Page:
Asian Seafood Raised on Pig Feces Approved for U.S. Consumers
By Nguyen Dieu Tu Uyen and William Bi - Oct 11, 2012
Bloomberg Markets Magazine
At Ngoc Sinh Seafoods Trading & Processing Export Enterprise, a seafood exporter on Vietnam’s southern coast, workers stand on a dirty floor sorting shrimp one hot September day. There’s trash on the floor, and flies crawl over baskets of processed shrimp stacked in an unchilled room in Ca Mau.
Elsewhere in Ca Mau, Nguyen Van Hoang packs shrimp headed for the U.S. in dirty plastic tubs. He covers them in ice made with tap water that the Vietnamese Health Ministry says should be boiled before drinking because of the risk of contamination with bacteria. Vietnam ships 100 million pounds of shrimp a year to the U.S. That is almost 8 percent of the shrimp Americans eat.
Using ice made from tap water in Vietnam is dangerous because it can spread bacteria to the shrimp, microbiologist Mansour Samadpour says, Bloomberg Markets magazine reports in its November issue.
Special Report: Food Poisoning and Safety
“Those conditions -- ice made from dirty water, animals near the farms, pigs -- are unacceptable,” says Samadpour, whose company, IEH Laboratories & Consulting Group, specializes in testing water for shellfish farming.
Ngoc Sinh has been certified as safe by Geneva-based food auditor SGS SA, says Nguyen Trung Thanh, the company’s general director.
“We are trying to meet international standards,” Thanh says. However, SGS spokeswoman, Jennifer Buckley, says her company has no record of auditing Ngoc Sinh.
Tilapia, One of The Filthiest Fish
At Chen Qiang’s tilapia farm in Yangjiang city in China’s Guangdong province, which borders Hong Kong, Chen feeds fish partly with feces from hundreds of pigs and geese. This practice is dangerous for American consumers, says Michael Doyle, director of the University of Georgia’s Center for Food Safety.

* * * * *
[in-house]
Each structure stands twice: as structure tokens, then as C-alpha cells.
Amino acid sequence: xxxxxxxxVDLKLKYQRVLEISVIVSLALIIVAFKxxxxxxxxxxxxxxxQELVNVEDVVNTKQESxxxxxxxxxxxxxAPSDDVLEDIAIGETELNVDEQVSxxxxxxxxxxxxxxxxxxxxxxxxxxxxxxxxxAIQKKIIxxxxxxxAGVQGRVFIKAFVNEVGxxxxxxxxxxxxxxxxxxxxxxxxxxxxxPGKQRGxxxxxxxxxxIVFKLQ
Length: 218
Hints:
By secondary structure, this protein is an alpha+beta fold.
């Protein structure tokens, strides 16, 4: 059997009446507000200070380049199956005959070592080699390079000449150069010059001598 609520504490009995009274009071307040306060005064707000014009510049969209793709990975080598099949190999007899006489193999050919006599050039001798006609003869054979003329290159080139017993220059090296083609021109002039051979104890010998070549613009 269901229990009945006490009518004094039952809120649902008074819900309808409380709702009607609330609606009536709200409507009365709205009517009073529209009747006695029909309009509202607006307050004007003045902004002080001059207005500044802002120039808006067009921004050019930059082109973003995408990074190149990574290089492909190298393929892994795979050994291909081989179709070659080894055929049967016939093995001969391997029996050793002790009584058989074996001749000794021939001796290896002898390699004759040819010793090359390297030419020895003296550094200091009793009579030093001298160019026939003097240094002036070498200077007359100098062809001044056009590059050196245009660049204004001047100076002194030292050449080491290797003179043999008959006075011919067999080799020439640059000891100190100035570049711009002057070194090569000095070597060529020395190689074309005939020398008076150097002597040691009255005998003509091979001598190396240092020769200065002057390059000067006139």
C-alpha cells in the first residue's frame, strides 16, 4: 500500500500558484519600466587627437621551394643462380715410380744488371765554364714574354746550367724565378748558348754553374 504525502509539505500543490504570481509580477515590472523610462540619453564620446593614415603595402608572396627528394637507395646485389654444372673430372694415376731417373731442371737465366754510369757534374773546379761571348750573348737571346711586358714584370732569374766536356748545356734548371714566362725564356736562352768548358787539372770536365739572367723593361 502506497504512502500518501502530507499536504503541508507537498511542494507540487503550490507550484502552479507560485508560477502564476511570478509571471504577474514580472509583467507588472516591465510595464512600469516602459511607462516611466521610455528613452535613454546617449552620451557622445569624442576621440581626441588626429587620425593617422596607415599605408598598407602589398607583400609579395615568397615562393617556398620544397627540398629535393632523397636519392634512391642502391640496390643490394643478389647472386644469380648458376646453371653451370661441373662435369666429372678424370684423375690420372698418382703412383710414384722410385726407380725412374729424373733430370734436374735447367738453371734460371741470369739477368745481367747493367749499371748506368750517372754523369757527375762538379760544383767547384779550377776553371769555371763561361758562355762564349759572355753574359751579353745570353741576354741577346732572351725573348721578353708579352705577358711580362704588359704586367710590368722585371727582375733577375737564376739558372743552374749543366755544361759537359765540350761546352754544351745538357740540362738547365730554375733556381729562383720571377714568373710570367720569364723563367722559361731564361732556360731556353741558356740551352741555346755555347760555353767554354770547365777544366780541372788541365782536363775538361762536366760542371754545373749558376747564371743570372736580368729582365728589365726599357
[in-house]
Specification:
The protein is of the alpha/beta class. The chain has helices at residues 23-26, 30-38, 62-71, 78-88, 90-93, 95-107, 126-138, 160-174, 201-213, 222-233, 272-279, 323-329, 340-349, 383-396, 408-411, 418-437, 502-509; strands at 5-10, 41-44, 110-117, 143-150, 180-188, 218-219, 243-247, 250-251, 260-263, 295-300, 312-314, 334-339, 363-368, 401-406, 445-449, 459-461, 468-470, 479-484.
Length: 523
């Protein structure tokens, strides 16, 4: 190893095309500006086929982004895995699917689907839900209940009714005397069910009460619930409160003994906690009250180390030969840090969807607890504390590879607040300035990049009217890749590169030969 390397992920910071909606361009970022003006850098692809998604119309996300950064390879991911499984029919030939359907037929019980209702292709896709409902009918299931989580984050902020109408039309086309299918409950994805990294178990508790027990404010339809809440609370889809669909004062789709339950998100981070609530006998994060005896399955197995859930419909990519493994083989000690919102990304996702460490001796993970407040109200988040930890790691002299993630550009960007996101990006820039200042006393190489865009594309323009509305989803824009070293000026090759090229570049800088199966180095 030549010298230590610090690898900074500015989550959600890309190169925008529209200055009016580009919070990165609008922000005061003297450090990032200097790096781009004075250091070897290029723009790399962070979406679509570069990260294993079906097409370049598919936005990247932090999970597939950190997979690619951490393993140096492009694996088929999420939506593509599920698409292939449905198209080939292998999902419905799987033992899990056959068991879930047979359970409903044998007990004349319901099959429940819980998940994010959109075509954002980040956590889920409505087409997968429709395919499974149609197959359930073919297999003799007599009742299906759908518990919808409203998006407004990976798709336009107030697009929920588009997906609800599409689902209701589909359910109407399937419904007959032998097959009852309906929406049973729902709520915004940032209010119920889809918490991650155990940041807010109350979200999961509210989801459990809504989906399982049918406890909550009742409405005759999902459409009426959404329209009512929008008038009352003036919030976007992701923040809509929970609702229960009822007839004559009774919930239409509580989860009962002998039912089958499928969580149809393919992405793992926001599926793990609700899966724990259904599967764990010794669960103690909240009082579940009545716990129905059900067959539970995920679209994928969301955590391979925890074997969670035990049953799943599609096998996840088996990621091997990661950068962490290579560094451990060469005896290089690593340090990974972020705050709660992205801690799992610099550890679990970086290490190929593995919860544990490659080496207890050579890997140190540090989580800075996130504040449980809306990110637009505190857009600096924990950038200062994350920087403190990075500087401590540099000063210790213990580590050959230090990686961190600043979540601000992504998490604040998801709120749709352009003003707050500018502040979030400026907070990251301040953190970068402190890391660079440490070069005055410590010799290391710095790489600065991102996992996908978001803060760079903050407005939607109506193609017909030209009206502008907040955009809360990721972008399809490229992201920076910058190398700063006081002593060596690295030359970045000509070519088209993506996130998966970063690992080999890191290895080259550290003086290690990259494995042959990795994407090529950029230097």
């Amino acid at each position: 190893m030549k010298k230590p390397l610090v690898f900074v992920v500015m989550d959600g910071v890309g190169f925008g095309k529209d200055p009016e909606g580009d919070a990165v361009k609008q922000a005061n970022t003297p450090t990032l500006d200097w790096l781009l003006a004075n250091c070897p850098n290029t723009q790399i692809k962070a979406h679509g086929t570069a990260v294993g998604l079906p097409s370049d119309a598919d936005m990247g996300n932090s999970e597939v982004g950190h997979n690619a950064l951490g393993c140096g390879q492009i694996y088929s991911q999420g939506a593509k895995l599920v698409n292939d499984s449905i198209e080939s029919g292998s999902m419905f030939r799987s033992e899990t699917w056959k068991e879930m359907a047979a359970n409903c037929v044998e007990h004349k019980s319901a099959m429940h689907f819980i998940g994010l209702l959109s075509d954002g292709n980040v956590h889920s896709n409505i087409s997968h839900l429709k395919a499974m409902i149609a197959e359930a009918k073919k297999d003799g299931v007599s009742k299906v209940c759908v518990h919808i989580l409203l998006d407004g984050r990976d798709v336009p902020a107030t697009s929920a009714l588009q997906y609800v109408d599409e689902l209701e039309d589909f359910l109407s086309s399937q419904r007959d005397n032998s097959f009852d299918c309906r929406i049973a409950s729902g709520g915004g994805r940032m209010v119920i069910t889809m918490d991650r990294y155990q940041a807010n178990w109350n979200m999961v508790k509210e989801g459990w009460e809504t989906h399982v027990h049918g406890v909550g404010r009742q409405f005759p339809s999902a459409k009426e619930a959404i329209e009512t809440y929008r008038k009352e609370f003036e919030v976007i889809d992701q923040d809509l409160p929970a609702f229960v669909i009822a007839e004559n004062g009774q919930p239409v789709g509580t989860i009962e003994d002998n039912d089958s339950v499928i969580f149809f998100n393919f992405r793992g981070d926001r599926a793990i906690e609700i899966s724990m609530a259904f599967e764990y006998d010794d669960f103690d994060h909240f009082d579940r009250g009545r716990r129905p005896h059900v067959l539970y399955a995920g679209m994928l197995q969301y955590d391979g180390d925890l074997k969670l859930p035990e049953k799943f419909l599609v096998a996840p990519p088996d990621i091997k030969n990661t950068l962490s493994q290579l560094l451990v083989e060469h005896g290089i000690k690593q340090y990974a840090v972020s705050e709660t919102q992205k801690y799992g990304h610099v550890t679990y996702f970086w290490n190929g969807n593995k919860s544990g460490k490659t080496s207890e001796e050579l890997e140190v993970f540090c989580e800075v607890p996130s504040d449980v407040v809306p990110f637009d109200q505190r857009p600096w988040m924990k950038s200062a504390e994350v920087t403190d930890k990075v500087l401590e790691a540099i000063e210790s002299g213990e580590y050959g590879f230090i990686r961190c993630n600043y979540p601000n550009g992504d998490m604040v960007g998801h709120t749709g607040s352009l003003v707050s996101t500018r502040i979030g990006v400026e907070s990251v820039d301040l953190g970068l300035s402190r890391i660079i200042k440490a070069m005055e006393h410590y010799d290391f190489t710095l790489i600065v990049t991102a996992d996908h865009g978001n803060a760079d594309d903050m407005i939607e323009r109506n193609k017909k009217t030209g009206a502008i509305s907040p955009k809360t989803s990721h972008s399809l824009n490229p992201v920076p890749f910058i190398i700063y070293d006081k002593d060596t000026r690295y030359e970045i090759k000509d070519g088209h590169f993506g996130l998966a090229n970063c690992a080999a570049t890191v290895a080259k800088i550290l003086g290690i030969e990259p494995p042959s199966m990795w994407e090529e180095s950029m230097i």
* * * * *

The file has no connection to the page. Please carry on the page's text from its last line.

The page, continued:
“The manure the Chinese use to feed fish is frequently contaminated with microbes like salmonella,” says Doyle, who has studied food borne diseases in China.
On a sweltering, overcast day in August, the smell of excrement is overpowering. After seeing dead fish on the surface, Chen, 45, wades barefoot into his murky pond to open a pipe that adds fresh water from a nearby canal. Exporters buy his fish to sell to U.S. companies.
Yang Shuiquan, chairman of a government-sponsored tilapia aquaculture association in Lianjiang, 200 kilometers from Yangjiang, says he discourages using feces as food because it contaminates water and makes fish more susceptible to diseases. He says a growing number of Guangdong farmers are adopting that practice anyway because of fierce competition.
“Many farmers have switched to feces and have stopped using commercial feed,” he says.
About 27 percent of the seafood Americans eat comes from China -- and the shipments that the FDA checks are frequently contaminated, the FDA has found. The agency inspects only about 2.7 percent of imported food. Of that, FDA inspectors have rejected 1,380 loads of seafood from Vietnam since 2007 for filth and salmonella, including 81 from Ngoc Sinh, agency records show. The FDA has rejected 820 Chinese seafood shipments since 2007, including 187 that contained tilapia.
To contact the reporters for this story: Nguyen Dieu Tu Uyen in Hanoi at firstname.lastname@example.org
William Bi in Beijing at email@example.com
To contact the editor responsible for this story: Jonathan Neumann at firstname.lastname@example.org